EUGENE M. MCCARTHY, PHD GENETICS
Note: Camel hybrids, as defined here, refers not only to crosses involving true camels, but also such relatives as llamas and guanacoes.
Camelus sp. [Camel]
× Equus caballus [Domestic Horse] See the separate article "Camel-horse Hybrids."
Camelus bactrianus [Bactrian Camel]
× Camelus dromedarius (↔ usu. ♀) [Dromedary] CHR. See the separate article “Bactrian Camel × Dromedary.”
Camelus dromedarius [Dromedary]
See also: Camelus bactrianus.
× Lama guanicoe (♀) [Guanaco] CHR. DRS. This guanaco-camel hybrids are known as a “camas” (from camel × llama—the llama is the domestic derivative of the guanaco). In 1997 a male hybrid was produced by artificial insemination. When mature, it had the muzzle features and fine quality coat of the New World camelids. It also lacked a hump. Vocalizations were deep like a dromedary instead of the high pitched as in a guanaco. Two female hybrids have since been produced. Gestation lasts 11 months in guanacos, 13 in dromedaries. Dromedary males are about six times the size of guanaco females. A much earlier example of a camel-llama hybrid is mentioned in an 1871 newspaper article (See: The Ogdensburg Journal, August 25, 1871, Page 3). Skidmore et al. 1999, 2001†. Internet Citations: DATA†, GREE3.
Lama glama [Llama]
+ Capra hircus [Domestic Goat] Although various later authors cite Pietro Rossi (1799, pp. 120-121) as having claimed that a male llama crossed with a goat doe to produce a hybrid, an examination of Rossi’s paper revealed that he merely quoted from Pietro Andrea Mattioli’s Epistolarum Medicinalium Libri Quinque (1561) to the effect that a male llama in captivity, deprived of females of its kind, mounted and inseminated a goat, but without a hybrid being produced.
× Lama guanicoe (↔ usu. ♂) [Guanaco] CHR. HPF. The llama is a domestic animal, but feral llamas come into contact with guanacos in the Andes. Antonius 1951b; International Zoo Yearbook 1961, 1962, 1965, 1966, 1967, 1968, 1969, 1970, 1971, 1972, 1973, 1974, 1975, 1977, 1978, 1981, 1989; Link 1948; Maccagno 1932†; Mascheroni 1941; Neuhaus 1942; Taworski and Wolinski 1960.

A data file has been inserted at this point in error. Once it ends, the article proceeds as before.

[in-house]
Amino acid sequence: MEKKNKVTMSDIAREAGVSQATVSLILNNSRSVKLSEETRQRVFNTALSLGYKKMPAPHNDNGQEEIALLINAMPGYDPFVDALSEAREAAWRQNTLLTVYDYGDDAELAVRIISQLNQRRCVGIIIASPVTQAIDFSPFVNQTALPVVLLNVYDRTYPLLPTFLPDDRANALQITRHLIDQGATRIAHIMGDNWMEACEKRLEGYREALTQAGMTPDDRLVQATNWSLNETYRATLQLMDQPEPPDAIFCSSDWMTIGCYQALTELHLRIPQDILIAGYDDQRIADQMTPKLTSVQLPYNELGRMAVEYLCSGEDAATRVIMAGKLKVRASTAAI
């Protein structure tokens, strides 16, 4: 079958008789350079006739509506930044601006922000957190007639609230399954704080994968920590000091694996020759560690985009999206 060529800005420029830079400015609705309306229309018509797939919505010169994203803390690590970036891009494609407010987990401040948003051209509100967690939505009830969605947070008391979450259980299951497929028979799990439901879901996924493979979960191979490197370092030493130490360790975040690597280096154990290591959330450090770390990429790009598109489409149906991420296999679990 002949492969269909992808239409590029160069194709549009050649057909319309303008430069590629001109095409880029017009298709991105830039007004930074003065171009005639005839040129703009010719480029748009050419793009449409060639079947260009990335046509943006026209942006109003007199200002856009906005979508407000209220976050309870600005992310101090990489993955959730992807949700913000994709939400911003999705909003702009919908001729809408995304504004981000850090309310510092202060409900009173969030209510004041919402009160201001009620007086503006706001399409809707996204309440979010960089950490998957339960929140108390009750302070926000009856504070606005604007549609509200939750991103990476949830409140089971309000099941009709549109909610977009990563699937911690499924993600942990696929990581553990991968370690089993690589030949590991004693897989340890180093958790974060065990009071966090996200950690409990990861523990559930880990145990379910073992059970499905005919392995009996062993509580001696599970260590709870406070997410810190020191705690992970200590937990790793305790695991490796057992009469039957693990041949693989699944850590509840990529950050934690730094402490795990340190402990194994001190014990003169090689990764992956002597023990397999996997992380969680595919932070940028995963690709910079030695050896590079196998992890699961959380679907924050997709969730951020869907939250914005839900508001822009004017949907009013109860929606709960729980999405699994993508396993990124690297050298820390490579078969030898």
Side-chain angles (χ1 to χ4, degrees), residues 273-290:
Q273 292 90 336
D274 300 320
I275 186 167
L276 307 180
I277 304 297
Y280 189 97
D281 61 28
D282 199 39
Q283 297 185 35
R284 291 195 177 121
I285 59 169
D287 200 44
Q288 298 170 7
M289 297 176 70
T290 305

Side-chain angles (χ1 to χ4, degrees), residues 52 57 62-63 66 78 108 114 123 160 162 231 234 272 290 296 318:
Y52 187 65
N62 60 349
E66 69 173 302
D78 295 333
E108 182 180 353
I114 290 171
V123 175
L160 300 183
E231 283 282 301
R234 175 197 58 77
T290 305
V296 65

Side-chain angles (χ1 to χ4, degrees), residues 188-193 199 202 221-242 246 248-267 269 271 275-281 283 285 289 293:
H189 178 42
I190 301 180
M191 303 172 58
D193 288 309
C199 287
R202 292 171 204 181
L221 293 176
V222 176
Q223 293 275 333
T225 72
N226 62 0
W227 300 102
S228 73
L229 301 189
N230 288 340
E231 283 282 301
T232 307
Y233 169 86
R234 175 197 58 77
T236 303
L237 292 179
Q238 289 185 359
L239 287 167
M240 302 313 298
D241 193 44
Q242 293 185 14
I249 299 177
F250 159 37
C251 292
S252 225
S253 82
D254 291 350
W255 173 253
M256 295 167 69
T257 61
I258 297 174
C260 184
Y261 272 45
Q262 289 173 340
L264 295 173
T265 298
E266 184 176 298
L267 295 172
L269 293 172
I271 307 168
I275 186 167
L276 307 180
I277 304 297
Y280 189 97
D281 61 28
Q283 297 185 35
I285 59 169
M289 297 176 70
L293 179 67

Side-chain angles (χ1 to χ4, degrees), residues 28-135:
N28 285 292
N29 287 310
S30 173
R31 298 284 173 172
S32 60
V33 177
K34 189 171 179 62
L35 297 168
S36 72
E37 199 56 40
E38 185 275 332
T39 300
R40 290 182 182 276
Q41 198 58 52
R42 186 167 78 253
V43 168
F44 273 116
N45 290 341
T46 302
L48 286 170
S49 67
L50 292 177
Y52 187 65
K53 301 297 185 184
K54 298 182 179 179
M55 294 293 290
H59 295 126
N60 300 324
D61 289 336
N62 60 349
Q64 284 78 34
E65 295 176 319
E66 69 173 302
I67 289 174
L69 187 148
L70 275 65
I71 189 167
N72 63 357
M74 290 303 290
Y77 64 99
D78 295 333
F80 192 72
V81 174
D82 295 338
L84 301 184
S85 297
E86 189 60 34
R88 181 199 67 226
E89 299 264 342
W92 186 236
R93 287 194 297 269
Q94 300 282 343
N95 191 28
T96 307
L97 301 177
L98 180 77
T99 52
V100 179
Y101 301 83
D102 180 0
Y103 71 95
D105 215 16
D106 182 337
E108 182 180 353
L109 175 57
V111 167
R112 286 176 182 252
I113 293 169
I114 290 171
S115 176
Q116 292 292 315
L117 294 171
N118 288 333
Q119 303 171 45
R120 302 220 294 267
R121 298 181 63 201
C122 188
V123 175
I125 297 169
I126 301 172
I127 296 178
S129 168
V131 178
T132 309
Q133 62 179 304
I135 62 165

× Vicugna pacos (↔) [Alpaca] CHR. Hybrids are partially fertile in both sexes. The “huarizo” (male llama × female alpaca) is more often bred than the “misto” (male alpaca × female llama). Flower (1929a, p. 332) notes that a hybrid was presented to the London Zoo as early as 1844. The huarizo is used in some parts of Peru as a beast of burden and is a significant source of exported wool. Ackermann 1898; International Zoo Yearbook 1980 (p. 438), 1983 (p. 331), 1984/1984 (p. 548); Link 1949; Maccagno 1932; Mascheroni 1941; Neuhaus 1942; Przibram 1910; von Bergen and Stevens 1963 (p. 386).
× Vicugna vicugna [Vicuna] CHR. Hybrids are partially fertile in both sexes. This cross is common in the Andes. The hybrids are known as waris. Grubb (in Wilson and Reeder 1993) expressed the opinion that the alpaca (Vicugna pacos) is derived from this cross. Internet Citations: QOSQ.
Lama guanicoe [Guanaco]
See also: Camelus dromedarius; Lama glama.
× Vicugna pacos [Alpaca] CHR. CON: South America. International Zoo Yearbook 1969 (p. 234), 1971 (p. 280), 1973 (p. 337).
Note: The alpaca is a domestic animal produced by human breeding.
Vicugna pacos [Alpaca]
See also: Lama glama × Vicugna vicugna; Lama guanicoe.
× Vicugna vicugna (↔) [Vicuna] CHR. Hybrids are partially fertile in both sexes. CON: Peru. In the Andes, where this cross is common, the hybrids are known as “pacovicunas.” Their wool is superior to that of the alpaca, and the fleece is heavier than the vicuna’s. To produce them, breeders intentionally imprint a male vicuna on alpacas by rearing them with an alpaca (hybrids produced from matings between a female vicuna and an alpaca lack commercial value). Newborn vicunas must be obtained by hunting since vicunas are not domesticated. “Thus,” says de Macedo, “a native shepherd-hunter first spots a flock of pregnant vicunas at the proper season (January to March) and then waits daily for the instant of parturition,” when he quickly approaches with dogs and attempts to lasso the newborn (which will soon be able to run as fast as its mother). For rearing, these captured vicunas are given to a lactating alpaca that has lost her calf. During the introduction, care is taken to cover the young vicuna with the skin of a young alpaca to prevent rejection by the prospective foster mother. According to the IUCN, “A new potential threat [to V. vicugna], both in the Andes and worldwide, is the breeding of pacovicuna (an Alpaca/Vicuna hybrid) for commercial purposes (Lichtenstein, Hoces and Wheeler presentations to the Vicuna Convention ).” Gray (1972, p. 163) states that the fleece of a pacovicuna is “finer than that of the alpaca but much lighter, although heavier than the fleece of a vicuna. The wool loses its fineness, however, after the first shearing, when the percentage of coarse hairs increases.” Ackermann 1898 (pp. 59-60); Bonadonna et al. 1967; Chang et al. 1969; de Macedo 1982†; Geoffroy Saint-Hilaire 1849; International Zoo Yearbook 1960 (p. 263), 1971 (p. 280), 1972 (p. 334), 1973 (pp. 337, 386), 1978 (p. 393), 1980 (p. 438); Link 1920, 1948, 1949; Maccagno 1932; Mascheroni 1941. Internet Citations: QOSQ.
Vicugna vicugna [Vicuna] See: Lama glama; Vicugna pacos.
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By the same author: Handbook of Avian Hybrids of the World, Oxford University Press (2006).
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